The sixth annual Transamerica Small Business Retirement Survey
of employed adults shows that women in the United States are less
prepared for retirement than men and face continuing challenges in
planning for a financially secure future.
Despite similar participation rates between men and women in
company-sponsored retirement plans, the survey found that female
workers are less confident that they will be able to retire in a
lifestyle they would consider comfortable and have less money saved
for retirement compared to male workers ($71,800 for female workers
versus $122,700 for male workers).
"Many women are suffering from a confidence crisis. They're much
less likely than men to believe that their personal finances or the
economy will improve in the next twelve months," says Catherine
Collinson, retirement and market trends expert for the Transamerica
Center for Retirement Studies. "More than half of women surveyed
believe that they could work until age 65 and still not have saved
enough for retirement—and if they don't take action, they
may be right."
Women May Be Selling Themselves Short when It Comes to
Though women are less prepared for retirement than men, they
feel just as strongly that a 401(k) plan is an important benefit.
In fact, when asked to choose between excellent retirement benefits
or a higher salary, women were more likely to choose the security
of excellent retirement benefits.
While recognizing the importance of savings, women may not be
taking full advantage of available savings vehicles. Although the
survey results show that employed men and women started saving at
the same age (27 was the median for both) and both participate in
their company retirement plans at similar levels (76 percent of
women and 75 percent of men), women lag behind men in several
- Women report contributing a median of 6 percent of their pay to
their company-sponsored retirement account, compared to 7 percent
- Women report spending just five hours a year monitoring and
managing their retirement accounts, compared to 10 hours for
- Women report lower current retirement savings ($71,800 for
female workers versus $122,700 for male workers). · Women report
not knowing as much as they should about retirement investing (80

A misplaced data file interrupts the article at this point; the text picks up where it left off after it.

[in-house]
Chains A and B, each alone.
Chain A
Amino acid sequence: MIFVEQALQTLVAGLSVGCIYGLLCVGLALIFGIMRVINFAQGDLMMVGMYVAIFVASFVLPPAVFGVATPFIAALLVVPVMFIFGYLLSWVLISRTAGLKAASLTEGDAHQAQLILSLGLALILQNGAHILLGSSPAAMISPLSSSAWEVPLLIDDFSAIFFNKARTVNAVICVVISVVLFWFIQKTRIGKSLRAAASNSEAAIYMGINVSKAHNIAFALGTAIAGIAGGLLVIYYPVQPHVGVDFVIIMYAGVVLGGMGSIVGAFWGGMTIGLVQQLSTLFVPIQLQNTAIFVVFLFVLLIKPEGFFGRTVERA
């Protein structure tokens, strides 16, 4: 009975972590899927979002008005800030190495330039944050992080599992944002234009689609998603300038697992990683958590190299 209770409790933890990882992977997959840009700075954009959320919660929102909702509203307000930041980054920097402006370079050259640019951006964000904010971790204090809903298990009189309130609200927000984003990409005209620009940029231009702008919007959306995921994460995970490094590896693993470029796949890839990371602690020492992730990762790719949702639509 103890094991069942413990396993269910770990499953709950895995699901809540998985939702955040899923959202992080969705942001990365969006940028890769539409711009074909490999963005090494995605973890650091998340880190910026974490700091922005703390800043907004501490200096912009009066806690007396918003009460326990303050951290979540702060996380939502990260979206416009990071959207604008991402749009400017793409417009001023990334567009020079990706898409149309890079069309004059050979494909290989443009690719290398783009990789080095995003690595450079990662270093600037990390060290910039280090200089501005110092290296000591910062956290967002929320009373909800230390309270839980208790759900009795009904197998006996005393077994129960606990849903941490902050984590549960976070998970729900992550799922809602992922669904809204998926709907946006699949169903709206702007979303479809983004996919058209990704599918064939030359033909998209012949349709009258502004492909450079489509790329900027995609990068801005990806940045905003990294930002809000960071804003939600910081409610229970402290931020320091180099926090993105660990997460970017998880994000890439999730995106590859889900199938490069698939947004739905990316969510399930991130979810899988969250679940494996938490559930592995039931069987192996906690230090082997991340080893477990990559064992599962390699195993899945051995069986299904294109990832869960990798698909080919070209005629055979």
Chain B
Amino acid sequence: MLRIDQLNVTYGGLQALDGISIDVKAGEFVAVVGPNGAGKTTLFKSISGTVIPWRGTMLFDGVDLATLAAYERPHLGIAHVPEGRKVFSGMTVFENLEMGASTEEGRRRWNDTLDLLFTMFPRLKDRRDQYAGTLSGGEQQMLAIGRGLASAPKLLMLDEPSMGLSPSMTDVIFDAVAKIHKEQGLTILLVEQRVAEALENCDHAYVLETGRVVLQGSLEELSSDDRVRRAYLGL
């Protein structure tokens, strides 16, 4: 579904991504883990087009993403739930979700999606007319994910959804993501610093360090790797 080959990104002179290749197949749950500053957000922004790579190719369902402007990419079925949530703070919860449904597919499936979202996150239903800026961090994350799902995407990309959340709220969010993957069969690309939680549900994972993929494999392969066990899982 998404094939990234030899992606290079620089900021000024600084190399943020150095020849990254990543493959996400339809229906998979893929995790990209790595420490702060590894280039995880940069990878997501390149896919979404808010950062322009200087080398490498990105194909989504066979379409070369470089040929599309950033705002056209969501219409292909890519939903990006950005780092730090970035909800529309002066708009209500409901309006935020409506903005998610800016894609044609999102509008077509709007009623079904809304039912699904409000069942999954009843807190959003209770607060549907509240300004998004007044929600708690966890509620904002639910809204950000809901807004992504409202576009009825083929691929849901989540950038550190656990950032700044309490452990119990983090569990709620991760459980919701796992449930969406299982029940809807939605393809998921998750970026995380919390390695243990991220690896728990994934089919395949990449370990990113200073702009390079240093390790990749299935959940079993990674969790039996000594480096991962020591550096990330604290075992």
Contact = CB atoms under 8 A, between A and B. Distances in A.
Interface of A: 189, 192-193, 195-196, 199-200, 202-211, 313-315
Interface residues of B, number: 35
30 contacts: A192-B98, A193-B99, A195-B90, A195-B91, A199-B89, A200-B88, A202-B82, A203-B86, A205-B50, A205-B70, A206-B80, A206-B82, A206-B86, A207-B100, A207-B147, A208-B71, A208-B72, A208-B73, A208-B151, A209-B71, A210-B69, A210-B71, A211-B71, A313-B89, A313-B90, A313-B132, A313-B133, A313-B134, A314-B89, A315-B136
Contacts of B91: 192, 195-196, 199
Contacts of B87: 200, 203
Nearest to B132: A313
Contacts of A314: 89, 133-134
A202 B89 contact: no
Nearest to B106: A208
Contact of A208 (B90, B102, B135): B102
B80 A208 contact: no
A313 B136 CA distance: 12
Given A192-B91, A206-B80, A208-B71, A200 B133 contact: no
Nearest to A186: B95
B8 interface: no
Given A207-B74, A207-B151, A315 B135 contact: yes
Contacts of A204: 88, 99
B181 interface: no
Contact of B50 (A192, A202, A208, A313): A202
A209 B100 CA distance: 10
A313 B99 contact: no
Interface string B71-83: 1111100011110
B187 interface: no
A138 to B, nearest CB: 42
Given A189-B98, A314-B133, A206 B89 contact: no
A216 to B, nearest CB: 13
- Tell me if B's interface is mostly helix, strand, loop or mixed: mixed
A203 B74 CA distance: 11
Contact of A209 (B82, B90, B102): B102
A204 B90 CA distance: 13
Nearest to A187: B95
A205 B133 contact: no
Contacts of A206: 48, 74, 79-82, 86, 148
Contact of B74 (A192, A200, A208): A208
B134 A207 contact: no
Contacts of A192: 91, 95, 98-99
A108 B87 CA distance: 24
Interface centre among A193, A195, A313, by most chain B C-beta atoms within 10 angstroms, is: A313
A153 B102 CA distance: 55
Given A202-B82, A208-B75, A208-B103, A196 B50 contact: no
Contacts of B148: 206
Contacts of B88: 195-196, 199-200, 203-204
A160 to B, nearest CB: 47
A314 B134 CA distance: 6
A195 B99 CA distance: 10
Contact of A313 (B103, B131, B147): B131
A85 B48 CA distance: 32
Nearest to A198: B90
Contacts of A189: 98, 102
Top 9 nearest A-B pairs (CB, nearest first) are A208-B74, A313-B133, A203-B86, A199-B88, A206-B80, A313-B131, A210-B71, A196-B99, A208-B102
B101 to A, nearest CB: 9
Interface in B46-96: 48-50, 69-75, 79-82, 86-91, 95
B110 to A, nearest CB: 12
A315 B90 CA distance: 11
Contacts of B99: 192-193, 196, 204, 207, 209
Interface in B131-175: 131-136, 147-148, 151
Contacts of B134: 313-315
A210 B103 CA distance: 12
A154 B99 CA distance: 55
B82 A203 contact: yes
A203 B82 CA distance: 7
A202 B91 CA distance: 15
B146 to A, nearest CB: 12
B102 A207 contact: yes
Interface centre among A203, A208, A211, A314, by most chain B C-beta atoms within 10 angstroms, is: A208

percent for female workers versus 67 percent for male
- Despite having increasingly longer life expectancies, women
estimate that they will need to save an average of just $639,000 to
meet their retirement goals—one-third lower than men, who
estimated they would need an average of $941,000.
- Unfortunately, in assessing their needs for retirement, women
may not be taking into consideration the additional challenges they
face when it comes to saving.
"Women statistically live longer than men, are more likely to
take time off from their careers or work part-time, and often earn
less, said Collinson. "These circumstances create added challenges
for women when it comes to saving, planning for retirement and
budgeting for post-retirement expenses."
Small Changes Can Yield Big Results
The good news for women—as well as men—is that
small changes in their savings strategy can make a big difference
in helping to meet retirement savings goals. For example, by saving
an extra $100 a month, a 30-year-old worker could increase the size
of his or her retirement nest egg by over $200,000 at the age of
At the same time, both men and women could benefit from more
careful planning. According to the survey, about one-third (31
percent) of both men and women are guilty of basing their estimates
on guesswork, rather than on a worksheet or calculator (12 percent)
or with the help of an advisor (9 percent).
"Although saving and planning for retirement may seem daunting,
it can be quite empowering," concludes Collinson. "Women have the
ability to positively influence their financial destinies. Timely
actions taken today will ultimately enable women to achieve a more
comfortable and secure retirement."